So, while stallions do play an important role in the herd, they are not ‘the leaders’


Feral horses live in groups called a herd, band, harem, or mob. Feral horse herds, like those of wild horses, are usually made up of small harems led by a dominant mare, containing additional mares, their foals, and immature horses of both sexes.


Bush Highway by Saguaro Lake


On National Forests, Parks or Monuments, it is illegal to pick or collect plants without a permit. National Forests issue permits for scientific and educational purposes. Permits must be carried while collecting; law enforcement personnel may ask to see the permit.


These poppies are growing within the Tonto National Forest.


One lonely lupine


Common names: Exserted Indian paintbrush, Purple owl's clover, common owl's clover.


Most paintbrush species have red flowers but those of castilleja exserta are bright pink, with reddish-purple bases. The corolla has a three-lobed structure, yellow or white at the tip, and is somewhat hidden by the many bracts rising above it. The bracts, the green leaves and the branched, purplish stems are covered by long, fine, silvery hairs. The bracts are smaller than other castilleja varieties, resembling some clover species, hence the alternative common name of purple owl's clover. The plant can be widespread and common, especially after heavy spring rainfall. It is somewhat variable in appearance, and hybridizes with other species including castilleja attenuata and castilleja densiflora.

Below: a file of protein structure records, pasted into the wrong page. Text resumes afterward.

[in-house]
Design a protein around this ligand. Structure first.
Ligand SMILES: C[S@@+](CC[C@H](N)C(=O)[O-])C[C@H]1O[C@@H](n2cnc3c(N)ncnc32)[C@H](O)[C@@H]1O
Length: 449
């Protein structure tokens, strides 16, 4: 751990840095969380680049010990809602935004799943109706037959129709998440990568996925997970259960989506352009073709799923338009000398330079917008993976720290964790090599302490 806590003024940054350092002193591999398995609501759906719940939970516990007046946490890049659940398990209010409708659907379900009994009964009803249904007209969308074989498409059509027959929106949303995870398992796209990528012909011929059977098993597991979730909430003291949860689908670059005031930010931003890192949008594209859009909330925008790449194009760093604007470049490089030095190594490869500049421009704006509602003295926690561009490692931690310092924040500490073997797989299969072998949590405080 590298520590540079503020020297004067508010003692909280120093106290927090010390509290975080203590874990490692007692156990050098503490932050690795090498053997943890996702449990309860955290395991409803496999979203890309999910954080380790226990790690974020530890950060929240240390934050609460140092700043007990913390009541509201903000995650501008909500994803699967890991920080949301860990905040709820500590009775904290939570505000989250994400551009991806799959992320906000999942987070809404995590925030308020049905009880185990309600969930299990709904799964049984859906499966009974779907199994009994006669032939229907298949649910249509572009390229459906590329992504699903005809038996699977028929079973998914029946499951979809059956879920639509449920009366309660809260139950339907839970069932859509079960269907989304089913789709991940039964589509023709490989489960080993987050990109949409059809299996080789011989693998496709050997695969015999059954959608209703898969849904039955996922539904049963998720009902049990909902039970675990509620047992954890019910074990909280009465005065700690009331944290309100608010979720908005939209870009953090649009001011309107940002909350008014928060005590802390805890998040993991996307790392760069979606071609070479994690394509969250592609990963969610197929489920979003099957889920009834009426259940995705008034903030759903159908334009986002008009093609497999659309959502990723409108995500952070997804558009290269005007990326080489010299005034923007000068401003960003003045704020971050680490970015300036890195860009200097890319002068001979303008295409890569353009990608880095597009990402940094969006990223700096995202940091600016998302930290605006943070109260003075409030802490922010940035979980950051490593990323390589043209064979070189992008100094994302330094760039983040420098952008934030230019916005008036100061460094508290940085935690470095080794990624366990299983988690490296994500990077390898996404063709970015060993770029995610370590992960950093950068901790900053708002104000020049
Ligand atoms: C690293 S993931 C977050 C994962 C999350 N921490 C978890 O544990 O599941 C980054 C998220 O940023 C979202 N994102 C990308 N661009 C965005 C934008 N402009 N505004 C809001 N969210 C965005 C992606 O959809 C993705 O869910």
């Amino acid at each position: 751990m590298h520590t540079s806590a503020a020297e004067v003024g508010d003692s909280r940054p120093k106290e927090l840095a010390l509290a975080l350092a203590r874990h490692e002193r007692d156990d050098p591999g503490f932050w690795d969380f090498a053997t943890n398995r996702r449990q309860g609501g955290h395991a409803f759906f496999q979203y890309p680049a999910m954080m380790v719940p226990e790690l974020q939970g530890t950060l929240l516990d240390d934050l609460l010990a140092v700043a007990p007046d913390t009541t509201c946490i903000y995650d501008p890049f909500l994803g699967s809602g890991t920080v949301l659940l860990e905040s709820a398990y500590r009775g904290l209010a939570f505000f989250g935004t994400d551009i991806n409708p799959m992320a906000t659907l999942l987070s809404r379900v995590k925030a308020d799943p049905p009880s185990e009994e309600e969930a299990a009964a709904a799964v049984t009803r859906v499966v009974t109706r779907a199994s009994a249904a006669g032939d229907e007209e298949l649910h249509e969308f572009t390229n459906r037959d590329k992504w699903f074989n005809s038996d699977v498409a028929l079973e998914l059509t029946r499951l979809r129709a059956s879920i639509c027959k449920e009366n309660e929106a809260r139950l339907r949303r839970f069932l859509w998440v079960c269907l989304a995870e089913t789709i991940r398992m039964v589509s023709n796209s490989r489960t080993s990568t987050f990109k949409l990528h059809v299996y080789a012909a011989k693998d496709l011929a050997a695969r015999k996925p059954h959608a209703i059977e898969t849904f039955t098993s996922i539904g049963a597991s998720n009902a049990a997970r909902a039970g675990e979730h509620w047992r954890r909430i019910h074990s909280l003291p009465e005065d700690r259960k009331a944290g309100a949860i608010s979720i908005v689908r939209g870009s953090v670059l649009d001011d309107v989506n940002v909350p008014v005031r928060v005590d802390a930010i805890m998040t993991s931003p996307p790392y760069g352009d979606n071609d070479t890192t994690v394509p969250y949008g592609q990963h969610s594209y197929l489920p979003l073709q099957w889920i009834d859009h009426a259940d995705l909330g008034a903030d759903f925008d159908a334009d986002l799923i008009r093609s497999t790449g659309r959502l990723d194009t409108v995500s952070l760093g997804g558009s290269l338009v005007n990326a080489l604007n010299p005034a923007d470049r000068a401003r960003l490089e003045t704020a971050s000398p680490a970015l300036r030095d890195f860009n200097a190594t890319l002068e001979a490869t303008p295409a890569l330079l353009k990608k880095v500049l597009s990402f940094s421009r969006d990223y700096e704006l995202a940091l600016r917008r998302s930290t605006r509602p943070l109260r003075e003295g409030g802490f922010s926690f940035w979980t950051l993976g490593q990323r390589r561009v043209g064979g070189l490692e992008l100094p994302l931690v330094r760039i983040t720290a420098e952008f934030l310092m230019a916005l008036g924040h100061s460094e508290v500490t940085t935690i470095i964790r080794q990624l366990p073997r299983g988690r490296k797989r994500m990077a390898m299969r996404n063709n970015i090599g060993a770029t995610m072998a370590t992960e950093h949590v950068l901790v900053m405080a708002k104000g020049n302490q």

Desert pincushion, Fremont's pincushion

Scientific name: Chaenactis fremontii

Main flower color: White

Range: The Mojave Desert, and adjoining areas (AZ, CA, NV, UT)

Height: Up to 14 inches

Habitat: Washes, alluvial fans, hillsides; sandy or gravelly locations

Leaves: Up to 3.5 inches long, linear, thick and fleshy, the largest divided into 1 to 5 (usually just 1 or 2) pairs of narrow, pointed lobes


Chaenactis fremontii grows in arid locations, across the Mojave Desert and adjoining areas. Stems and leaves are green, becoming purple as they mature, especially around the base. Stems branch a few times, generally from below the middle, and are often completely or mostly leafless when flowering occurs. Leaves - concentrated around the base - are thick and succulent-like, divided into a few well separated, linear lobes.


Flower clusters (initially flat-topped, becoming more spherical) are usually borne singly, and consist of disc flowers only, those around the edge noticeably larger than those towards the middle, resembling ray florets. These outer florets are bilaterally symmetric, while the others have the usual radial symmetry. Flowers are all-white or very pale pink. The light green, blunt-pointed phyllaries below the flower head, and the upper part of the stems, have a covering of fine, short, glandular hairs.


I think this might be a blackfoot daisy.


Just south of Payson, poppies were growing on the hillsides.




Lupine growing along the roadway. This was just south of Payson, too.



The hillsides are greening up due to the amount of rain we have had this month. We will have to come back in a month or so when the saguaro will flower.